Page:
To accompany that freshly-brewed tea, Tom and Ashley ensure they bring a selection of foods to enjoy during a quick picnic pitstop about halfway through – all locally-sourced, of course. Some of the grub on offer includes freshly-baked bagels from Mendlesham’s Bagel or Beigel, and cheese from Fen Farm. “For any meat eaters amongst us, I make sure I bring some cured dried meats sourced from local game. The whole idea is to show people what comes from the land, and bring them back to how cool Suffolk really is,” Tom added.

Anyone who loves history will know it comes as no surprise that foraging and folklore are a match made in heaven. Ashley explains Suffolk’s deep-rooted history of witchcraft and natural resources – and how the two intertwine so seamlessly.

“There’s a lot of folk traditions that are specific to East Anglia and can’t be found anywhere else. When we go out on walks, what we’ll do is stop when we find a plant, go over some of the ecology of it and how to identify it before we move onto the medicinal properties and folklore that surrounds it. It’s incredible how many plants have interesting stories and mythologies behind them. For example, I recently found out that Pagans used to make what was called a spirit flail out of bramble, where they’d tie the stems together and use that to cleanse away any negative spirits.”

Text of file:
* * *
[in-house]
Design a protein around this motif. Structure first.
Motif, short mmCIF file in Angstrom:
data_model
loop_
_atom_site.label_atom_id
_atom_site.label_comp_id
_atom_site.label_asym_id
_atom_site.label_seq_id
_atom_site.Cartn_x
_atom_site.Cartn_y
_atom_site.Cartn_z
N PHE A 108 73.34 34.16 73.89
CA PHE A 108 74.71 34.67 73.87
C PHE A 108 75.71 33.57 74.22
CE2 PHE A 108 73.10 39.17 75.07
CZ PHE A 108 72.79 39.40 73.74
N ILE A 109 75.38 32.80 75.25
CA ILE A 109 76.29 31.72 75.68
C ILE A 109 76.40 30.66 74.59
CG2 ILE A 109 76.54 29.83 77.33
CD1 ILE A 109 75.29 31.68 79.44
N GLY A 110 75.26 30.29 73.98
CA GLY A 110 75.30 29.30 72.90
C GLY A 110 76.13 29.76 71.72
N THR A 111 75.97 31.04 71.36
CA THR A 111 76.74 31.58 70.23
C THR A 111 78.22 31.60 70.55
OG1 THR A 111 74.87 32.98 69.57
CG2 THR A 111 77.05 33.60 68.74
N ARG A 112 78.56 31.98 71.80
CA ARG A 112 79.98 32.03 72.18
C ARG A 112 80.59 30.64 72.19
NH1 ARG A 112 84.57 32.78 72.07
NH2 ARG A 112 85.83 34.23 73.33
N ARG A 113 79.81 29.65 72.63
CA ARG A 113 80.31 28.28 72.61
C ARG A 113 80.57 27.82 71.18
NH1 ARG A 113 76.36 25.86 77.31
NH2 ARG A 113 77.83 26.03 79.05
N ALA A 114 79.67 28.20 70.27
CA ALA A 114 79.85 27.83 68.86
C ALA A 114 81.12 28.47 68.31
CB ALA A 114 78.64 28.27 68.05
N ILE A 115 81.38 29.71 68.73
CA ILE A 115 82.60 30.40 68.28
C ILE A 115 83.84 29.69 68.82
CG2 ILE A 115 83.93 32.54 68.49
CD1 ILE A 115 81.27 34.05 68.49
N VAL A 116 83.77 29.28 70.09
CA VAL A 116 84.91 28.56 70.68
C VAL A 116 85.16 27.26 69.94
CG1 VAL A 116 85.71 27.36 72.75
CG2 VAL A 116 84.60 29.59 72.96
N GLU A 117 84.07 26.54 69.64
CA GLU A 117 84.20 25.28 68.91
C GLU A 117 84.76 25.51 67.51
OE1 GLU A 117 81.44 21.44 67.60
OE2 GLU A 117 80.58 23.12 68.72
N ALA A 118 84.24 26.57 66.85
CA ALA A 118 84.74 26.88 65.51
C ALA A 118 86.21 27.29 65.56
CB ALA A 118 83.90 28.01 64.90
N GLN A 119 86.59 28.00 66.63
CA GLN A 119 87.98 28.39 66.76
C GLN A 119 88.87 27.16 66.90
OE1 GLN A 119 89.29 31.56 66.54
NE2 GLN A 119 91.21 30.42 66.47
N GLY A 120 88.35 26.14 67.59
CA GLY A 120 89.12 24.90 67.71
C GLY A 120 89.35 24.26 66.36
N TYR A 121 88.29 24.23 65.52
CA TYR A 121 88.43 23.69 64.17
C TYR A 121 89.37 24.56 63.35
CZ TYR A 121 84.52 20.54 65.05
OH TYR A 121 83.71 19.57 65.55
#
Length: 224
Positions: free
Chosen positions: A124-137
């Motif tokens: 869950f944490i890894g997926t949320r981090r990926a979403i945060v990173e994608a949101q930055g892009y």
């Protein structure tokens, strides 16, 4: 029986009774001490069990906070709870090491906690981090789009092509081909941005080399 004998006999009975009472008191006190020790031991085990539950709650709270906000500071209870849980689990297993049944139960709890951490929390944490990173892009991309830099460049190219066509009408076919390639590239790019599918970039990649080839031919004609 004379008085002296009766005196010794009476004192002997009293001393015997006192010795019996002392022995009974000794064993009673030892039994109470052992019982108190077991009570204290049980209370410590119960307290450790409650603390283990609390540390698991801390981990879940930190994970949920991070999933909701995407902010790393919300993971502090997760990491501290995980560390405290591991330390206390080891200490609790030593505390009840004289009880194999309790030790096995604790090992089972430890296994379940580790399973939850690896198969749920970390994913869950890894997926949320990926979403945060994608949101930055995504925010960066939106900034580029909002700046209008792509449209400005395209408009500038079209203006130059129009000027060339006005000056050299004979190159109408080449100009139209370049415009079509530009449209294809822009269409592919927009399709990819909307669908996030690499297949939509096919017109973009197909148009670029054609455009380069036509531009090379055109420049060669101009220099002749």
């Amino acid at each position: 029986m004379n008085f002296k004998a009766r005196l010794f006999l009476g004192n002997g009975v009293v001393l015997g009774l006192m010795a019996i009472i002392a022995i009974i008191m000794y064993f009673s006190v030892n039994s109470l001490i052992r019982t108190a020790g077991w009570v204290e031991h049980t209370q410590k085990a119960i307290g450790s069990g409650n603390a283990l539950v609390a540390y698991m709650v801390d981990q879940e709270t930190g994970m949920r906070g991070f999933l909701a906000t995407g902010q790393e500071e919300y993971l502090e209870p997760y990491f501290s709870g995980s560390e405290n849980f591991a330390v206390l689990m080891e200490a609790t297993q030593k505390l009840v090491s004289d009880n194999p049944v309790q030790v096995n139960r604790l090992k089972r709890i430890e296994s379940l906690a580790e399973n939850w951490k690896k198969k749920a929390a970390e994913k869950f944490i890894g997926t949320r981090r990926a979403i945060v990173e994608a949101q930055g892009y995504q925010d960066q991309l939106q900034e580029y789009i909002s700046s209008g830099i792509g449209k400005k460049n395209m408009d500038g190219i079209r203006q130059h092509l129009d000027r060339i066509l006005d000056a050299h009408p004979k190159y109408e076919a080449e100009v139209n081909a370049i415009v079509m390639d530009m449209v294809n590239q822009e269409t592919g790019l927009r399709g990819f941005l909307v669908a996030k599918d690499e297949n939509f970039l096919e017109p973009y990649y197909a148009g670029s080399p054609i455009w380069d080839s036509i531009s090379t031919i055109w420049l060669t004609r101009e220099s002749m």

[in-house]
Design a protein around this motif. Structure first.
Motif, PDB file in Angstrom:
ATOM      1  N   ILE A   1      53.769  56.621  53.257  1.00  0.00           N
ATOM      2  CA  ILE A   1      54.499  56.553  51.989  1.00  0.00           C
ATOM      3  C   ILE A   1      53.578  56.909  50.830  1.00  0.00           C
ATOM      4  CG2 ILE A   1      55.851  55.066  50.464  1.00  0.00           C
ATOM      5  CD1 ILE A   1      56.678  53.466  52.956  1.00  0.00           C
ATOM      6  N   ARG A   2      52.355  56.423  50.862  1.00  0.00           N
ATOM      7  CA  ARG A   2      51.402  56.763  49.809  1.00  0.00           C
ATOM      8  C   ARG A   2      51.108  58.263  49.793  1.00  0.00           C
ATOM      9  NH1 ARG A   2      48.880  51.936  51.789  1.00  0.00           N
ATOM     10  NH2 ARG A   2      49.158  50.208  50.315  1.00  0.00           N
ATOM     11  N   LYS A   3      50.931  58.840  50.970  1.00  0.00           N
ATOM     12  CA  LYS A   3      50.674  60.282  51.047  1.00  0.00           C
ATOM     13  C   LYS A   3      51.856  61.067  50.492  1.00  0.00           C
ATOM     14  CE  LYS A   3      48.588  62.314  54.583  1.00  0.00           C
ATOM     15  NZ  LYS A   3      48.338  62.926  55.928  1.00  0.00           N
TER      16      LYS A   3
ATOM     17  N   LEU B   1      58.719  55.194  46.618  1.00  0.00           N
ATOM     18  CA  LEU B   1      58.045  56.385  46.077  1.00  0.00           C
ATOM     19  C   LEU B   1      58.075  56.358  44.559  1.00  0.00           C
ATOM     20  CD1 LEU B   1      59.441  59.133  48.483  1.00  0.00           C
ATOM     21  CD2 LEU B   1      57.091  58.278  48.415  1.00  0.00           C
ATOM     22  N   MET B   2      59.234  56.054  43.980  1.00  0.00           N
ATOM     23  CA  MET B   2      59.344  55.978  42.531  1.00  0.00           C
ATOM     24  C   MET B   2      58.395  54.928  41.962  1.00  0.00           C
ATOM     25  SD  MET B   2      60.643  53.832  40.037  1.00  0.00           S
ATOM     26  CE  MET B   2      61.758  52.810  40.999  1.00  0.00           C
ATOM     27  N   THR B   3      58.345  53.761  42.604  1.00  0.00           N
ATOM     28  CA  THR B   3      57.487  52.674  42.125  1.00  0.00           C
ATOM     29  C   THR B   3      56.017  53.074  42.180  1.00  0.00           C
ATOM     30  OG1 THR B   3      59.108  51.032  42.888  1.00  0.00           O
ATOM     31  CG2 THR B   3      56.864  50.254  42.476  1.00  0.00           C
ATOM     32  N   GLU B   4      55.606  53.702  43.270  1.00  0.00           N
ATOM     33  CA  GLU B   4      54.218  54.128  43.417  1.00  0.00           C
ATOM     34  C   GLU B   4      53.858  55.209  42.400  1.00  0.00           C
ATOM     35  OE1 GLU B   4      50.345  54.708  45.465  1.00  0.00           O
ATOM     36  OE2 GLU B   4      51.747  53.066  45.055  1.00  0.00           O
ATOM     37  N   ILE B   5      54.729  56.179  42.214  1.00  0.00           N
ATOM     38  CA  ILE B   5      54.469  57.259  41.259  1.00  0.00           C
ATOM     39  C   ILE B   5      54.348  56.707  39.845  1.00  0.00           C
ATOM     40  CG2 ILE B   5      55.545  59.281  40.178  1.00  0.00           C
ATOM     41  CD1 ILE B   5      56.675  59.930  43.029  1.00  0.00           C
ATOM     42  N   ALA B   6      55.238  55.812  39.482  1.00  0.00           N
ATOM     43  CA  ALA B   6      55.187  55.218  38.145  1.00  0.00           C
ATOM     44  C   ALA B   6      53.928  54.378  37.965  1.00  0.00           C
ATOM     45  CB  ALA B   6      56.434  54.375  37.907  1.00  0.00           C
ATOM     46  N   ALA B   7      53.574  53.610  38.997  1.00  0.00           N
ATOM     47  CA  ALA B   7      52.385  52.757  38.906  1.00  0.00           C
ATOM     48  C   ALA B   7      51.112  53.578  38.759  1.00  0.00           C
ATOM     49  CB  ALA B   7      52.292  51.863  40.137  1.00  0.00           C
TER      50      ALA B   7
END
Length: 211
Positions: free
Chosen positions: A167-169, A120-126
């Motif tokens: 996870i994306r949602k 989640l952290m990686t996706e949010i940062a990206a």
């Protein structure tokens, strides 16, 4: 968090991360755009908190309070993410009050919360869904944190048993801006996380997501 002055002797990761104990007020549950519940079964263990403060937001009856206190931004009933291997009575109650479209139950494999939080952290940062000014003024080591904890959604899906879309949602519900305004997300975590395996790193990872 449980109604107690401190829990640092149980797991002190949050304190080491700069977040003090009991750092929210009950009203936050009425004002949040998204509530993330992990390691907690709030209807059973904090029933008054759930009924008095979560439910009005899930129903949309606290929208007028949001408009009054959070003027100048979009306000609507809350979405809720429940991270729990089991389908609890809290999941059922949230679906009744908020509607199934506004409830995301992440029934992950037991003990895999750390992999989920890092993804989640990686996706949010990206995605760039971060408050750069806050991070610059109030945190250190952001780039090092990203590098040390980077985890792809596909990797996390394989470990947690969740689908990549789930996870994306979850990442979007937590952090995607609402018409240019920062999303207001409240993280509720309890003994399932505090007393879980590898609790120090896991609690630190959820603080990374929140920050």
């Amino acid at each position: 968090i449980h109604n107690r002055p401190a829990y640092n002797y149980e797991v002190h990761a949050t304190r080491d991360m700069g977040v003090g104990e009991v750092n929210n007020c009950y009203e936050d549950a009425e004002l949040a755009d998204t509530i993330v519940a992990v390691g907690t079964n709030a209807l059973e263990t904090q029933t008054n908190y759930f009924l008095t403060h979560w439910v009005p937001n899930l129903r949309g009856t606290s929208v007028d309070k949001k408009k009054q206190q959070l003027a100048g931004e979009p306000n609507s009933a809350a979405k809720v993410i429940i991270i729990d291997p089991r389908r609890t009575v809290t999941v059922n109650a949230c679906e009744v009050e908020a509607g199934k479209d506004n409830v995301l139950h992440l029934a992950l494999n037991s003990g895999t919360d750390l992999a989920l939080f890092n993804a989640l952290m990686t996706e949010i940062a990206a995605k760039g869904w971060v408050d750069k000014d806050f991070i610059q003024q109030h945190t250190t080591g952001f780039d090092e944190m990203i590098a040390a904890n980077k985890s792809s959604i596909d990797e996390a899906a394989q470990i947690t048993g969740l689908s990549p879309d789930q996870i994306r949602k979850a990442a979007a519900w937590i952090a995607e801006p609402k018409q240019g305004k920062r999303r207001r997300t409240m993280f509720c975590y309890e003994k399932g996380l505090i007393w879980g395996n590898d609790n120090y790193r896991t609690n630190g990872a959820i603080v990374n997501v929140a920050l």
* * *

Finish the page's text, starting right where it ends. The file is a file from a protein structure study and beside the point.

Alongside plants, no walk through the Suffolk countryside is complete without a glimpse of some local wildlife, and as you spend your day foraging, you are guaranteed to catch sight of a variety of birds including blackbirds, blue tits, green woodpeckers, buzzards and kestrels. “As we end our walk at sunset, we’ll sometimes see barn owls and tawnies if we get lucky,” Tom added. “But deers and hares the big ones that everyone enjoys. I’d say on about 90% of our walks, we get a good deer sighting.”

With foraging season now in full swing, the couple have big plans for the future, and hope to create an eco-tourism experience right here in Suffolk with the help local businesses.